Woodruff is not far from the North Carolina mountains where authorities have been searching for Rudolph.
Police said the man looked so much like Rudolph they could not let him go until he was identified. The FBI told police to fingerprint the man.
“Take 20 pounds off the wanted poster, and that would have been him,” said Woodruff Police Sergeant Kenny Puckett.
The man, who was carrying only a credit card and release papers from a North Carolina psychiatric hospital, turned out to be Joseph Andre Malo.
Puckett said the descriptions and pictures of Rudolph matched Malo almost exactly, from height, hair and eye color all the way down to earlobes, which protrude on both men. Malo had a 2- or 3-day-old beard and was blistered from being in the sun, Puckett said.
Malo is originally from the Boston area and told police he was making his way to New Orleans after his release from the mental facility. Malo told police he had put himself in the institution.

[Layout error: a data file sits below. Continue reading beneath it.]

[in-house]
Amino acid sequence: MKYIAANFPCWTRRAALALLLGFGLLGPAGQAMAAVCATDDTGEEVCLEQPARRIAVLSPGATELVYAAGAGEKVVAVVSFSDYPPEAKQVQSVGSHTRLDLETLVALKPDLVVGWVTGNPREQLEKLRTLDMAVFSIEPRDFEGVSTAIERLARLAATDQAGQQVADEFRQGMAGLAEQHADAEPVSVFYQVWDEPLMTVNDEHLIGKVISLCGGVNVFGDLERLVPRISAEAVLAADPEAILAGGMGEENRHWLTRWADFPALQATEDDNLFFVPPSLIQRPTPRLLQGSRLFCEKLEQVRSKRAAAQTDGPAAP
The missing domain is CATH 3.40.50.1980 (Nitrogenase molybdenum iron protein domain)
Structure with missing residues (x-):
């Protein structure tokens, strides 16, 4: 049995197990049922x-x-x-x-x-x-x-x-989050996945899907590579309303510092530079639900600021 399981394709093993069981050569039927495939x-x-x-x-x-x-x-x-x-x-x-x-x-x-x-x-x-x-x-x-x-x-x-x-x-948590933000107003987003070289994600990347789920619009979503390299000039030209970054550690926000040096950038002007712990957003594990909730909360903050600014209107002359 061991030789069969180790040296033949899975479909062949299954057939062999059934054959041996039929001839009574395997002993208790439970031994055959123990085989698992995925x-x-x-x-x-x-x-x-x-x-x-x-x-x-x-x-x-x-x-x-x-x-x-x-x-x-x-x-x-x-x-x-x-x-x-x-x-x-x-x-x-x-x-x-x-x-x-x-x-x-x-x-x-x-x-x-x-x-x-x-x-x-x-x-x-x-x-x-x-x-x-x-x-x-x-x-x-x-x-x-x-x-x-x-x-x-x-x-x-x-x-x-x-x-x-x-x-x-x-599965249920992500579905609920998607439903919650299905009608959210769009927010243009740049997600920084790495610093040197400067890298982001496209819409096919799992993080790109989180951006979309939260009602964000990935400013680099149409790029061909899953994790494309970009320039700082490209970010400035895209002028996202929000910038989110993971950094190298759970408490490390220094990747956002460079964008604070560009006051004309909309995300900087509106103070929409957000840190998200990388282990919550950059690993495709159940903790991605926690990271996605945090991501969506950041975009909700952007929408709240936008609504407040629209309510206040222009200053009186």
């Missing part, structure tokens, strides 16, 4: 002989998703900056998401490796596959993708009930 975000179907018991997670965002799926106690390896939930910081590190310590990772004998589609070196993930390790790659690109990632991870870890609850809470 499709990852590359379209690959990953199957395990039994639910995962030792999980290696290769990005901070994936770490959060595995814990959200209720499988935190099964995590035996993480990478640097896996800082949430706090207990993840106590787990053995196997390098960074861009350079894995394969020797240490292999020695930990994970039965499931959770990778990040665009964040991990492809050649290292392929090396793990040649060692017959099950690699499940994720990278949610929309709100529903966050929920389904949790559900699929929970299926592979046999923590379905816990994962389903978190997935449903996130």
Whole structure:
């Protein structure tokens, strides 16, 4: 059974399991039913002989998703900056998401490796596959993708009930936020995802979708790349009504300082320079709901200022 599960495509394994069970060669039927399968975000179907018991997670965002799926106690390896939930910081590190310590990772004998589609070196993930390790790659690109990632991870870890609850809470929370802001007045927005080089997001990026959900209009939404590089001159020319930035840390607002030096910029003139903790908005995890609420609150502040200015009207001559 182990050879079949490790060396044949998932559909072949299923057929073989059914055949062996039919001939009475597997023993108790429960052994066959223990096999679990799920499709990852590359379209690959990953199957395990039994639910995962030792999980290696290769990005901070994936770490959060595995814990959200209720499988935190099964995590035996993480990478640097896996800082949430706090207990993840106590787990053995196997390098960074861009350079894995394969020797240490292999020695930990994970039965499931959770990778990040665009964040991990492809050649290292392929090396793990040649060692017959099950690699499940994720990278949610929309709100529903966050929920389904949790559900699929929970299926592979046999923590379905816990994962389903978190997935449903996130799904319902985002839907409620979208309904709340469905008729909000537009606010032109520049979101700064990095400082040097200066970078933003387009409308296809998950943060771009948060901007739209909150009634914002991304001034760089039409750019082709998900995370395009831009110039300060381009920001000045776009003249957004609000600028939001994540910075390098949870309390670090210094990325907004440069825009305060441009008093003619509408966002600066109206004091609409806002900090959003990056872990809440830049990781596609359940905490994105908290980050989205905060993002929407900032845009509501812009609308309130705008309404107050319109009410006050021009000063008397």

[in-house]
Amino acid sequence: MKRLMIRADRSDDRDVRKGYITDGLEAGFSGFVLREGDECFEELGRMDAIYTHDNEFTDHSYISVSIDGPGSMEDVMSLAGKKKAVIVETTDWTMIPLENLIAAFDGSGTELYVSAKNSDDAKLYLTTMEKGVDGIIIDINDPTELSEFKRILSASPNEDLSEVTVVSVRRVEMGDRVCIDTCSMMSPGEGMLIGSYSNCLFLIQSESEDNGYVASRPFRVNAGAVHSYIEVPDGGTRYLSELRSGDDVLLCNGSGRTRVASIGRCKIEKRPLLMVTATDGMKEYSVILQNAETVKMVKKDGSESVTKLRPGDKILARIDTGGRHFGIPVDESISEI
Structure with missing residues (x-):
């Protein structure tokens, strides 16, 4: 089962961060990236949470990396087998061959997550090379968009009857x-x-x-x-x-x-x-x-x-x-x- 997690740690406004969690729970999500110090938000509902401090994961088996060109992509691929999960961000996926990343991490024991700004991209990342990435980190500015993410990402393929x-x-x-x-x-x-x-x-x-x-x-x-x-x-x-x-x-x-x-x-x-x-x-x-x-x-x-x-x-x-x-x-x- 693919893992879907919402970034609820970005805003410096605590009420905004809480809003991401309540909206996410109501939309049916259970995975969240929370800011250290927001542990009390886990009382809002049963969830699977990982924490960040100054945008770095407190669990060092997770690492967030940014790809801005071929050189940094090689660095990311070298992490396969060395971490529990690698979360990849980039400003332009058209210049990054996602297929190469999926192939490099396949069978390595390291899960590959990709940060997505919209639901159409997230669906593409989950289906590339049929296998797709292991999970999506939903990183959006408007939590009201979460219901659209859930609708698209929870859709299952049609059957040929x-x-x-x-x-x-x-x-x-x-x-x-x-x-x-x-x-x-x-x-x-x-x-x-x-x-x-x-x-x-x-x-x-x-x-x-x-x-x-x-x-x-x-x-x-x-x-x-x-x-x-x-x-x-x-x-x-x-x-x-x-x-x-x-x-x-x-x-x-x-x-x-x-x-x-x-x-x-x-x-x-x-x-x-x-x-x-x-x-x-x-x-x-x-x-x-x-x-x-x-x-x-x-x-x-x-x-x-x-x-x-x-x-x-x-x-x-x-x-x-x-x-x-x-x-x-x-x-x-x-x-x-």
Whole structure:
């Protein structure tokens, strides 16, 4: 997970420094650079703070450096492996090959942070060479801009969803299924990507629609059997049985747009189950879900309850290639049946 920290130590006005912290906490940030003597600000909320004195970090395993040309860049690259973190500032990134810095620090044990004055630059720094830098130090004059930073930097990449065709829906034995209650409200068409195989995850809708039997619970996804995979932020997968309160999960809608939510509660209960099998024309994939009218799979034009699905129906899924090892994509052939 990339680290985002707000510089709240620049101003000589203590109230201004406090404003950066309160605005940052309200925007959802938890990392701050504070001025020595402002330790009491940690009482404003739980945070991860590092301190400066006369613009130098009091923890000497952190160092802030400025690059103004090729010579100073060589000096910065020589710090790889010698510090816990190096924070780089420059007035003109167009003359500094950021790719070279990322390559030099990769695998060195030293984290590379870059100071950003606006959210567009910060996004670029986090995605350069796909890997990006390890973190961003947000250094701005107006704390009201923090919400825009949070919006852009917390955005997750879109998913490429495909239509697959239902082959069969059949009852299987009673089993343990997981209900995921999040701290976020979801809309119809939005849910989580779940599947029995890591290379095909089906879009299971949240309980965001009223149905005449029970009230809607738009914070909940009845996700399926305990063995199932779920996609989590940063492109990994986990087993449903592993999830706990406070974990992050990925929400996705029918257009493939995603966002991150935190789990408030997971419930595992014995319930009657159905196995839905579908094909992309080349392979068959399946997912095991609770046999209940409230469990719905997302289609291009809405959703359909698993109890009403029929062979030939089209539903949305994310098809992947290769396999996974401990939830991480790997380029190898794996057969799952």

Pharmacists’ “conscience clause” in the NJ legislature

Trenton, NJ -- Largely spurred by the introduction of the Preven “emergency contraception” (EC) kit, lawmakers are crafting legislation that would make New Jersey the second state, after South Dakota, to codify a “conscience clause” for pharmacists. Behind the push are anti-abortion pharmacists who contend that EC -- which they refer to as “emergency abortion” -- acts as an abortifacient, despite insistence by experts like James Trussell of Princeton University’s Office of Population Research that it is not. New Jersey pharmacist Gene Rigozzo, who always tells his employees they can refuse to fill prescriptions on religious or moral grounds, said, “Abortions have gone from being a medical procedure to being just a pharmaceutical procedure. I think the issue will actually become more debated and heated as more and more drugs that induce abortion hit the market.”
State legislators sponsoring the legislation have sought the input and support from doctors, nurses and pharmacists “who, in many cases, are pro-choice and liberal minded.”
But John Tomicki, executive director for the League of American Families, who is drafting the legislation along with state lawmakers, said the legislation he’s working on will “remain silent” on whether a pharmacist who will not dispense a drug must help a patient find one who will.